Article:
Konstantin Gavrilov, head of the Russian delegation to the Vienna talks on military security and arms control, told RT Russian on July 11 that the NATO countries are emptying their arsenals in order to keep the conflict going in Ukraine. “Our interlocutors in Vienna point out that there is a growing understanding among Europeans that their victory in Ukraine will not be easy; in principle, it is impossible. They recognize the power of the Russian army, which has gained tremendous combat experience on the battlefields,” he said.

The situation for NATO is aggravated by the fact that the alliance’s military-industrial complex is in decline and unable to match the quality and quantity of Russia’s production. Ukraine has already received all the available supplies of Stinger MANPADS and Javelin portable air defense systems; the warehouses in the West are now empty and it will take years to replenish them.

The West’s production of missiles also does not keep up with the pace of Ukraine’s use of them,  Gavrilov added.

Cue the threats against the Zaporizhzhia Nuclear Power Plant

Already on the eve of the NATO summit, there were dissatisfied voices in Western media saying that the counter-offensive of the Ukrainian armed forces was too slow and not bringing anticipated results. As if on cue, one week before the summit, Ukrainians began to be actively misled about the possibility of blowing up the Zaporizhzhia Nuclear Power Plant (located some 60 km south and east of the city of the same name (the fifth or sixth largest city in the country, according to pre-war population). The Ukrainian authorities claimed that the Russian military intended to blow up the plant in order to deter the AFU counteroffensive from capturing it, even though the Ukrainian army had not come one step closer to the nuclear plant since June 4.

Russian experts began warning that the AFU intended to attack the plant and use resulting radioactive contamination as a pretext to justify direct NATO military intervention in the name of responding to nuclear disaster. By late June and early July, Ukrainians began to be advised each day by Ukrainian media to stock up on drinking water and on duct tape (to seal their houses from radioactive contamination). Municipal services in various cities were ordered to clean up garbage, claiming that this would facilitate the cleanup after the alleged danger of nuclear disaster. Ukrainians began to rush en masse to pharmacies to buy potassium iodide, which is said to reduce the effects of radiation on the internal organs of the body.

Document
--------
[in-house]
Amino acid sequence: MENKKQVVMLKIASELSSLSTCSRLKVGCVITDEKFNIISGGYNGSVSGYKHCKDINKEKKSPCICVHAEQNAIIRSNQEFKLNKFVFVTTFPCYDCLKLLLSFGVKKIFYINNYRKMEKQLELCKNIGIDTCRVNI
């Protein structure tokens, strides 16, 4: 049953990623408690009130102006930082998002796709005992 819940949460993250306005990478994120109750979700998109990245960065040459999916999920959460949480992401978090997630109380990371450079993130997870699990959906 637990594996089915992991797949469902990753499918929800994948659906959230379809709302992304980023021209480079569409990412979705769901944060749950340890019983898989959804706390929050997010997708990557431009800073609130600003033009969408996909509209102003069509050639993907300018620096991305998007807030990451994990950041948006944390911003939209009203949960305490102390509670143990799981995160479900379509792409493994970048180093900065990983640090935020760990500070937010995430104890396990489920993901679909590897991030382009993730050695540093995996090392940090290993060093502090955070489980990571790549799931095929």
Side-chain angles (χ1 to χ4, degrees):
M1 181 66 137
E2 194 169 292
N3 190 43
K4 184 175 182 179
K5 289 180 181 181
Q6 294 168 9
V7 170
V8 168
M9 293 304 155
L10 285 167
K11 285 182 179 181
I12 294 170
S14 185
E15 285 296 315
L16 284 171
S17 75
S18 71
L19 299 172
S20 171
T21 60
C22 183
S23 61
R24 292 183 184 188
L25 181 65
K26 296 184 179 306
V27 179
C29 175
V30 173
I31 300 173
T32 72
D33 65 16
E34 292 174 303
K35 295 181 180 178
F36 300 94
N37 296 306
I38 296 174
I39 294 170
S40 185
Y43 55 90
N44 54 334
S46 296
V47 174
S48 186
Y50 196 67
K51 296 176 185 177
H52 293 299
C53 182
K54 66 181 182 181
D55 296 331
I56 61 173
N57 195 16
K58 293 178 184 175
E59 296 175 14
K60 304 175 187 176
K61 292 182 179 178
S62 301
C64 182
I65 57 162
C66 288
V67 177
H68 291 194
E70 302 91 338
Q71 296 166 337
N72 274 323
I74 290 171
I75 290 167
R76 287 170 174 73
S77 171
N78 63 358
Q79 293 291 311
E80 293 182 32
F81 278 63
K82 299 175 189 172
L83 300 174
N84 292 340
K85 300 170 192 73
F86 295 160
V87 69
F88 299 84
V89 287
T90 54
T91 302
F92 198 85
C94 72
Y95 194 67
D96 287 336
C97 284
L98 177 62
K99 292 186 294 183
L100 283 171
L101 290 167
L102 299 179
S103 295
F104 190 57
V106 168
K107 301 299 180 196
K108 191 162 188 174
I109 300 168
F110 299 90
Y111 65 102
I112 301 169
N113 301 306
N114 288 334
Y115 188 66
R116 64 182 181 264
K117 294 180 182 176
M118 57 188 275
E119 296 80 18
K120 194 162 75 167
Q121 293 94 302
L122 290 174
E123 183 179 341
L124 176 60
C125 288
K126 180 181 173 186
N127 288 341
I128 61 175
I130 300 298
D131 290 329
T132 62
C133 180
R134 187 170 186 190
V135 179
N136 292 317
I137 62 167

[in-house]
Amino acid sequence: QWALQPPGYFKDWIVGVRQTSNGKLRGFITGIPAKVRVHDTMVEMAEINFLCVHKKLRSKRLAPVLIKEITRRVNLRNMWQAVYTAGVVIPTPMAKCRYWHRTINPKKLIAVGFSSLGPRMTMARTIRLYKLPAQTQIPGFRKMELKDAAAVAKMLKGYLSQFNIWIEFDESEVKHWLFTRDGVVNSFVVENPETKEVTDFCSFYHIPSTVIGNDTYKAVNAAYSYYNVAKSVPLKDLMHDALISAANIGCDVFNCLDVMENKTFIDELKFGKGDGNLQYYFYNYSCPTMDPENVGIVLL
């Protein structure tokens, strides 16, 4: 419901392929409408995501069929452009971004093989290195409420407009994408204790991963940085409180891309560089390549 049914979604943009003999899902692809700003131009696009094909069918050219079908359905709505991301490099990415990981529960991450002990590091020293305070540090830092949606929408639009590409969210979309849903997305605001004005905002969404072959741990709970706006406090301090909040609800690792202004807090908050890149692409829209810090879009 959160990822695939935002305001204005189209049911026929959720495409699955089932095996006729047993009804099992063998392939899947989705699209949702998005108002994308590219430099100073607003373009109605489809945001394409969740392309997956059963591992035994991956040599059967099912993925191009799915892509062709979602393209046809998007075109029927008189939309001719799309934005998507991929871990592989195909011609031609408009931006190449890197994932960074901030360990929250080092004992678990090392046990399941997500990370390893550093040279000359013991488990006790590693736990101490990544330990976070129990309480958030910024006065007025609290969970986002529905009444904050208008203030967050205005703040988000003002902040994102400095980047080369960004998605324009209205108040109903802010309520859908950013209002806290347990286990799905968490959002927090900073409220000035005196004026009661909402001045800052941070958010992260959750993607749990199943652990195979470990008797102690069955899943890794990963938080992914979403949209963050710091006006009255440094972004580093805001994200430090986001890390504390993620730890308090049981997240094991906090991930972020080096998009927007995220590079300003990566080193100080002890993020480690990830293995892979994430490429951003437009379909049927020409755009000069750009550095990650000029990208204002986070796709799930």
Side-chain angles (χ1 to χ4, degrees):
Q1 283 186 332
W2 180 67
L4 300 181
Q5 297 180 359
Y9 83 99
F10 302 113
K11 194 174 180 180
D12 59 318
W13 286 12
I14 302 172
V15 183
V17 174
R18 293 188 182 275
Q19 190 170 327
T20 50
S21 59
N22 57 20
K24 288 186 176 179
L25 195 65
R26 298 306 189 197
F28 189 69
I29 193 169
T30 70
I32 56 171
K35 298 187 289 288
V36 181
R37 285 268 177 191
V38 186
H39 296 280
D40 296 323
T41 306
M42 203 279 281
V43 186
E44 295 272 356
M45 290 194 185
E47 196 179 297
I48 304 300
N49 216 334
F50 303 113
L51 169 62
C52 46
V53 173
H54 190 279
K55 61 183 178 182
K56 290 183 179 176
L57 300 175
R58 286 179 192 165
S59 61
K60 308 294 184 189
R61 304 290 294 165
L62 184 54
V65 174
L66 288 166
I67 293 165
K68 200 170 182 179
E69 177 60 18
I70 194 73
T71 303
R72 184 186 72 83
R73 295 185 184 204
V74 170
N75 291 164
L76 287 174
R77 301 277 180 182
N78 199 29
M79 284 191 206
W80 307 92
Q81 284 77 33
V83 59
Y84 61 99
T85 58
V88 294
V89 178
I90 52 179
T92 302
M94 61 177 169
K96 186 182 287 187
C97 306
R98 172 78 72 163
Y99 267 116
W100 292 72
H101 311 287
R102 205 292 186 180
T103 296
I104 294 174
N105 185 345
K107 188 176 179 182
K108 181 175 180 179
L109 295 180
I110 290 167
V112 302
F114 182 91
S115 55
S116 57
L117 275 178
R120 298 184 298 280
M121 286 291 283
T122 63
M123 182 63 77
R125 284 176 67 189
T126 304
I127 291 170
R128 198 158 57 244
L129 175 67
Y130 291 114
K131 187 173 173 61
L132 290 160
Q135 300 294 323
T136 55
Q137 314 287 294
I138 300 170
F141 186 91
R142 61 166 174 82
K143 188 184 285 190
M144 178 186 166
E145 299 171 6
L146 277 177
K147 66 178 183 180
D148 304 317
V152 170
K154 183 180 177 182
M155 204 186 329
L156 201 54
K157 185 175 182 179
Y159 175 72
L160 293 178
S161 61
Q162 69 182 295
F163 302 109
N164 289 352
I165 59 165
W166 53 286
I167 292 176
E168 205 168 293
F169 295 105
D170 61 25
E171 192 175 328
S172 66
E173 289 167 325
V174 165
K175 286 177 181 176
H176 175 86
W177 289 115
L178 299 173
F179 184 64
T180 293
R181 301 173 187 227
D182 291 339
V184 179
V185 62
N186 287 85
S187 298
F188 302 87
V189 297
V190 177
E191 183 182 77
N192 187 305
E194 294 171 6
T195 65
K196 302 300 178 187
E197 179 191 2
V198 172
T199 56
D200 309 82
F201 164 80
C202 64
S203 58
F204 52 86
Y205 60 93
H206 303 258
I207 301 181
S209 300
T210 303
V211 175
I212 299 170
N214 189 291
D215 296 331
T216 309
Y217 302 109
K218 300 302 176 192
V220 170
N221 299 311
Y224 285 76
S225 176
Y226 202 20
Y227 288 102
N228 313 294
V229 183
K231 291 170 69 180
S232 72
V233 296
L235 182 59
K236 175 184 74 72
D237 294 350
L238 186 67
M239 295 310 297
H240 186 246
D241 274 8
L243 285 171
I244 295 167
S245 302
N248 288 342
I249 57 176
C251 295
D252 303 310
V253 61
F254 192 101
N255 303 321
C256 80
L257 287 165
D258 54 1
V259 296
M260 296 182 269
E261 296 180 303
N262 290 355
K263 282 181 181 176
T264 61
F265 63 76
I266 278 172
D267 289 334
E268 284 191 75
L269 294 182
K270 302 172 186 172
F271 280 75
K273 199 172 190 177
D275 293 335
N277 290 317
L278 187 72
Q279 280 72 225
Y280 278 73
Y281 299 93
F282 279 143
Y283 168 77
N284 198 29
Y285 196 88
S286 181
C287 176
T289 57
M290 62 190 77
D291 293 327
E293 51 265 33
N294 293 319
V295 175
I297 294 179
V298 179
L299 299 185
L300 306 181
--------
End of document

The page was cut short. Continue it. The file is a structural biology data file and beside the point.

The Ukrainian Telegram channel ‘MediaKiller’ commented on the situation: “The presidential administration [headed by Zelensky] is peddling false rumors about the planting of explosives [by Russia] at the Zaporizhzhia Nuclear Power Plant in order to divert attention from the fact that the administration’s counteroffensive has stalled. Such scare tactics are also meant to provoke panic among civilians in the Russian Federation and to artificially create a negative image of the Russian Federation before the entire world.”

In the West, the warnings over the alleged nuclear danger were mostly met with skeptical comments. Ukrainian authorities were not believed, said many, especially since the prevailing winds in the region of the ZNPP blow southward, directly onto Russian-controlled territories. Blowing up a nuclear power plant that results in radiation contamination over one’s own territory– what could be more foolish (and unlikely) than that?

The director general of the International Atomic Energy Agency reported on June 30that his agency had not found or confirmed anything of what the Ukrainian authorities were claiming, including an alleged ‘mining’ by Russia of the roofs of the six nuclear reactors which make up at the ZNPP (Europe’s largest nuclear power station). Following that, Ukrainian authorities began gradually to tone down their rhetoric while continuing to throw fresh reserves into the military fray and continuing to beg NATO for new weapons.

Ukraine as a live training ground for NATO weaponry

NATO needed the Ukrainian ‘counteroffensive’ in June in order to assess its own capabilities. As a matter of fact, the Armed Forces of Ukraine are now using much of the same equipment as well as military tactics on which NATO’s new military plans, discussed at the summit in Vilnius, are based. The AFU is being trained by NATO instructors at bases in Ukraine and supporting countries in Europe. For the first time since the Cold War began some 75 years ago, NATO is preparing for large-scale military conflict instead of the easier but more limited ‘force-projection’ operations in such distant regions as Iraq and Afghanistan.